When she is ready to learn of love.
Everyone is walkin' soft -
Think that I was sound asleep
The way they tiptoe through the house.
Well. I ain't. I'm busy, too.
Thought they won't let me tote the wood
Or fill the pail, but jest say, "Set,
And mind the stew, or swat the flies."
Well, I get busy right away
A-thinkin' things up in my mind
About the war - it' all so real
I 'most could think that I was back
At Gettysburg - w'y I kin smell
The blood and smoke - Now, p'raps you think
I liked that - but I didn't so -
I wouldn' want ter fight again
Ner see the others, but you know,
Well - that was makin' his'try then.
I git so gosh-dang deep in thought
The pot biles over, sizzles too,
Jest sorta like them guns, an' well,
I just let out some crazy yeep
About the war. Then they come fast
And I can see it in their eyes -
They think I'm daft about the war
And gitting' old - I guess they're right.
The trees with outstretched empty arms
Are etched forlorn against the sky -
They hold in Spring a thousand charms,
But now they shake in grief and sigh.
So stand I, too, with empty arms,
I cry into the bitter wind....
Yet Spring will come to trees and farms,
And you'll be in my arms again.
I think that Lincoln might have walked the way
That led through stubbled fields and wooded lanes
Across a rail fence, ankle-deep in clay
And new-born rivers sprung from autumn rains.
I think his three-leg mongrel ran ahead
chase the rabbits out from copse and brush,
And that he ate his ham hock and his bread
Beneath the ash tree in the forest's hush.
And then I think that when at last he lay
Upon his death bed, gripped with final pain,
He saw a lad go down the miry way
With gun and dog, not to return again.
"Psalm Opus 21, or A Song of the Third Degree"
I will cast down mine eyes before my therapist,
from whence cometh my help.
My help cometh from Mennigers,* which made
diagnosis and recommendation.
They will not suffer my pockets to be full:
they that would comfort me will not credit me.
Behold, he that keepeth my counsel keepeth me
from slumber and sleep.
My therapist is my keeper: my therapist is
a boil on my right hand.
The sun does not shine for me by day,
nor the moon by night.
May my therapist preserve me from all evil:
may he restyle my soul.
My therapist shall observe my goings out
and my comings in from this time forth,
and even unto destitution.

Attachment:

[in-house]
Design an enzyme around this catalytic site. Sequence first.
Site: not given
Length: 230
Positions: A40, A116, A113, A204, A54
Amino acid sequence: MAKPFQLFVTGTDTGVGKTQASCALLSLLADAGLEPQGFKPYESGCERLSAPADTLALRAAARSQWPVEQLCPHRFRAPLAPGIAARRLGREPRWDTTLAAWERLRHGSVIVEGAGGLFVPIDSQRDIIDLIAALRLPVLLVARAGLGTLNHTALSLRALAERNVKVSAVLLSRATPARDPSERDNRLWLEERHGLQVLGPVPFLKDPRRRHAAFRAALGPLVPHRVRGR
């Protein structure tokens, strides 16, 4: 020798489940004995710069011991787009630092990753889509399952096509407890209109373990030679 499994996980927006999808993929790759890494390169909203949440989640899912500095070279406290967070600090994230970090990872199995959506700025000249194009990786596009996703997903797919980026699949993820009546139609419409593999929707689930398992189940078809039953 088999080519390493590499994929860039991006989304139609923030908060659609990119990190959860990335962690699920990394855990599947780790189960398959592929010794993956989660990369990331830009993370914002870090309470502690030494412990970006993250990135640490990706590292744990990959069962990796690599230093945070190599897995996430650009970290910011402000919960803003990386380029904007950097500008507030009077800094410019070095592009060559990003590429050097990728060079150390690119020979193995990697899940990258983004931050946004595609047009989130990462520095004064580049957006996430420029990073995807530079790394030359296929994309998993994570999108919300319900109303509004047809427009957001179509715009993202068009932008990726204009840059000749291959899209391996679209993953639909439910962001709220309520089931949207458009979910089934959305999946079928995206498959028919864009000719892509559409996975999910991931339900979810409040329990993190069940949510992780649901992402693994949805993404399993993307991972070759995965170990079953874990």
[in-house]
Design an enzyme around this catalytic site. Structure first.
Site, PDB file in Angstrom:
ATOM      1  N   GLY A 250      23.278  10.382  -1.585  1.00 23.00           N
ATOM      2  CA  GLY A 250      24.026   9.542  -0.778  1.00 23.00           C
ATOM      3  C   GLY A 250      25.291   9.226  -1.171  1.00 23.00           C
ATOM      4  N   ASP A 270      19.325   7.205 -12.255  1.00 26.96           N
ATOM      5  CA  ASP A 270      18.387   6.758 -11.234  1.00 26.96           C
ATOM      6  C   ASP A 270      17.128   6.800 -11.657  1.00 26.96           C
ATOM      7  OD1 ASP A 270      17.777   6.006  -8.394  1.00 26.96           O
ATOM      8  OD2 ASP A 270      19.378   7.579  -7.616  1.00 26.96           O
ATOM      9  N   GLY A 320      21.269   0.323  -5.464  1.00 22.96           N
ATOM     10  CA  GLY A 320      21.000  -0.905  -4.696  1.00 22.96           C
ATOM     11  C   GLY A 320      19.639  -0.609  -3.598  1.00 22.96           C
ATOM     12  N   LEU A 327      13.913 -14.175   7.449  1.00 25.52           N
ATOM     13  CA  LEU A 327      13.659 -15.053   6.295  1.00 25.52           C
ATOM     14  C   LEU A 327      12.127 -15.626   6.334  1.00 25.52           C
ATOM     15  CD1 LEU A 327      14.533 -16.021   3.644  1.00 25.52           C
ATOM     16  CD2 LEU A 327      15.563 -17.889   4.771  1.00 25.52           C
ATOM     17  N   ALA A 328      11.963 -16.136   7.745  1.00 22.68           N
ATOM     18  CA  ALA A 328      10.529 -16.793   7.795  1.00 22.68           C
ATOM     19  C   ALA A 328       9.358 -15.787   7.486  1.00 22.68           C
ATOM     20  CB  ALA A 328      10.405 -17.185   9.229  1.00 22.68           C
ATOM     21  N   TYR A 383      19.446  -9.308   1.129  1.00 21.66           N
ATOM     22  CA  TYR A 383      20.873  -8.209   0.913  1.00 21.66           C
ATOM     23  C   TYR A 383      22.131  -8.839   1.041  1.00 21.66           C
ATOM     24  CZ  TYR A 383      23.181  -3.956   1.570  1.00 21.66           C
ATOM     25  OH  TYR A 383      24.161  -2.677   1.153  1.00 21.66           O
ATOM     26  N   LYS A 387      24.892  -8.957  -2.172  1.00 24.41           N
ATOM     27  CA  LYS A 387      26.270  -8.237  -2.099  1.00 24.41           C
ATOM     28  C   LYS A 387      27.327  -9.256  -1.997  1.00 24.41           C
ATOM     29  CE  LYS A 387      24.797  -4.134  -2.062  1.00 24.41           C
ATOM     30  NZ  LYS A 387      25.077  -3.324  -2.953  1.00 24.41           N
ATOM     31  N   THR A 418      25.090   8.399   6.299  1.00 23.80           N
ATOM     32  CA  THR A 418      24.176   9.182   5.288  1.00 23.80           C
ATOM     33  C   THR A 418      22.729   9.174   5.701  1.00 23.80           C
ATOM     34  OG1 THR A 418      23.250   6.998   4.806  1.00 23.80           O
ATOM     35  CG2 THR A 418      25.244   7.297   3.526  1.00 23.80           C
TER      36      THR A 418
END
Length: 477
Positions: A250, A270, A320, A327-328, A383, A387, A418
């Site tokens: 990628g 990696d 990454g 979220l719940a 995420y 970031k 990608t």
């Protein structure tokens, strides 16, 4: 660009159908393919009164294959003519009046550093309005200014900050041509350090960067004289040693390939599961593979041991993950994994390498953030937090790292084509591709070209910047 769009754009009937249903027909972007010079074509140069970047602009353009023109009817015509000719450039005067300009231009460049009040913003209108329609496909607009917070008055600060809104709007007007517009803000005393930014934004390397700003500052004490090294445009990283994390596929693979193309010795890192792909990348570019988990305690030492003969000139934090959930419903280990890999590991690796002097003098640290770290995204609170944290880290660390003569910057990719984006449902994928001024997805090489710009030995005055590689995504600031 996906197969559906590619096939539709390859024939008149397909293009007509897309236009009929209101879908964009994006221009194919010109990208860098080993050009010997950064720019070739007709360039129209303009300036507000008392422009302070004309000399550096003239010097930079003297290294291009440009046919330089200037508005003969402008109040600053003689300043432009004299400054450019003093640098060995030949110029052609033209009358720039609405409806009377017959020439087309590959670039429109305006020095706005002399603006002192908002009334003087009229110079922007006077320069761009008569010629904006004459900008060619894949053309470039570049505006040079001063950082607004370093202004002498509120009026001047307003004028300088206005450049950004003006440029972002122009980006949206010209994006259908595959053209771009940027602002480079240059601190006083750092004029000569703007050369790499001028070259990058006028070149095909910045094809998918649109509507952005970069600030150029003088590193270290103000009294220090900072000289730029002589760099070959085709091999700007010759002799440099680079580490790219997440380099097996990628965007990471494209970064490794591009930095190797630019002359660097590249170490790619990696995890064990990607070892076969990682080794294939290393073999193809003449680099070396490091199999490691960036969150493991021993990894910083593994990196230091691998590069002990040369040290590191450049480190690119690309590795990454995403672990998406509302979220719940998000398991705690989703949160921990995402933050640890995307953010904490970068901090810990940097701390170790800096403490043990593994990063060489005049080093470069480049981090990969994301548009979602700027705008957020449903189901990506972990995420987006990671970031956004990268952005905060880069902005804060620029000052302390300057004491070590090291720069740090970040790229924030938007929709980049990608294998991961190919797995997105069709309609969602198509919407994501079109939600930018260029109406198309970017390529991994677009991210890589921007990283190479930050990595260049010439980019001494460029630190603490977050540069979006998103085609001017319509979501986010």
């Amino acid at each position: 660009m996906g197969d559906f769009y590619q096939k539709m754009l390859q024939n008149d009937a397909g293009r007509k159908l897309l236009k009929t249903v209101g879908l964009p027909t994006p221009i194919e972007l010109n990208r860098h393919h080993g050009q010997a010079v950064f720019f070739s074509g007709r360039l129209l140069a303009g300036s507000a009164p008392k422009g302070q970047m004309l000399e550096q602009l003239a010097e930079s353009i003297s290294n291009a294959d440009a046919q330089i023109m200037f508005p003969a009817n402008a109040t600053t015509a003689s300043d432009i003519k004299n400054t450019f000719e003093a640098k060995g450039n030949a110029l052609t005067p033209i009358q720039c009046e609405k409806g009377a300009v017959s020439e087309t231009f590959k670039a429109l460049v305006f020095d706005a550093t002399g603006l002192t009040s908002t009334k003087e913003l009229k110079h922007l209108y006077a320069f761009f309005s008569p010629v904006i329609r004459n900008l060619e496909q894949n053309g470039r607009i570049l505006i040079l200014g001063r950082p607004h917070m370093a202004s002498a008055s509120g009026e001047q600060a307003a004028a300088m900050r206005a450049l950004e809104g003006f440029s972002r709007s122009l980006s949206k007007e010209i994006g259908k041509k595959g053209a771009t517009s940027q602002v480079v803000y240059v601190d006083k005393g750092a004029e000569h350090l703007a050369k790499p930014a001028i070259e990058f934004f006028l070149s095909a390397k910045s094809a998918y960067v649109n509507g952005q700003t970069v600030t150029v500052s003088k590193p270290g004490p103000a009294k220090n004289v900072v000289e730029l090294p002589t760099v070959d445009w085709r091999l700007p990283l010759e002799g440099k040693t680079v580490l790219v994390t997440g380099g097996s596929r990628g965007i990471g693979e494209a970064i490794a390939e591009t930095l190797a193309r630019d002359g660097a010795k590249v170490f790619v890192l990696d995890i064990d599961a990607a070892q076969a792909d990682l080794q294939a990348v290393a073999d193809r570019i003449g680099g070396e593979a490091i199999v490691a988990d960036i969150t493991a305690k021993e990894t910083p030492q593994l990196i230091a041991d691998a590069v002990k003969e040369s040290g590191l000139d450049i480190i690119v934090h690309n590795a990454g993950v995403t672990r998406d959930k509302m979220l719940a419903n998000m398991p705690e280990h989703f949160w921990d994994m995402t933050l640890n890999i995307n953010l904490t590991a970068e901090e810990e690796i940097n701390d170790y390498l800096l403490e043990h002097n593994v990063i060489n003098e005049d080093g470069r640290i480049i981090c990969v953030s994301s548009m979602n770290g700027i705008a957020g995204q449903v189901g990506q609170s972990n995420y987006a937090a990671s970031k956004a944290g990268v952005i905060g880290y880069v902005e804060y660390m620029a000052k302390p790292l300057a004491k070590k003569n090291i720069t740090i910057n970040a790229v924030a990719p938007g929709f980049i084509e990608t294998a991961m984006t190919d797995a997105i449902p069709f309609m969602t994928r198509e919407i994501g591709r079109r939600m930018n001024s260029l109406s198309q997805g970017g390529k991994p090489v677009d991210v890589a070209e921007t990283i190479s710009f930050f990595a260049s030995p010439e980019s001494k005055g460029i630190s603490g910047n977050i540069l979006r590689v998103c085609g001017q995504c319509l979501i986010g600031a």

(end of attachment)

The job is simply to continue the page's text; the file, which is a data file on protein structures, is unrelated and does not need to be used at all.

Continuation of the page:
* The Menniger Institute is a psychiatric clinic in Topeka, Kansas
My arms were full of hyacinths that day -
That warm day of my youth, as lone I walked
At high noon on a hilltop; gold they were -
Such molten gold it hurt my eyes to gaze,
And tore my heart to know there was such beauty.
But now my arms are laden with the gold
Of autumn nettles, tinged with hues of brown -
They're ugly, and they prick my arms, and yet
I cannot take my eyes from them - I know
Life's ugly - yet it does not hurt to know it.
Faculty Follies ca. 1954
To the tune of "Music, Music, Music"
When they flunk in chemistry
That sure don't reflect on me
Folks 'round here just seem to be
For music, music, music.
When the students sleep in class
I just grin and let it pass
They snore double time in bass
It's music, music. music.
They've got to praaaaaactice,
For Burrough's Band,
And gosh knows what,
But that's OK by me.
Science puts them to the test
Proves which field they like the best.
Stick around and you'll be blessed
With music, music, music.
I watched a purple cloud drift by,
Across the azure summer sky,
And saw the sun's rays, purest gold
Upon the dewy earth unfold:
I felt my fettered soul uplift
Before the molten sunset drift;
And in the hazy blue afar
I saw the gleaming evening star.
TWO BOYS! TWO MORE BOYS!
Two little fellows as like as peas,
Sweet little morsels of mankind, these,
Smelling to Heaven of powder and oil,
Wearing long clothes of embroidery and voile.
Four funny chins and as many pink ears,
Plenty of crying without any tears;
Fat little eyes and a few tufts of hair:
Oh what a future's in store for this pair!
Happy the mother and daddy who beam
Upon these dear babies, the thread of their dream.
Two More Boys!
Two more boys, just like their brothers:
Who'd have thought there'd be two others!
The same fat eyes and tufts of hair,
The same small garments by the pair.
The big twins beam on the little twins
And run to locate shirts and pins.
Sometimes they form a male quartette
And make the most commotion yet!
But oh, what fun, both cares and joys,
To be the folks of four small boys!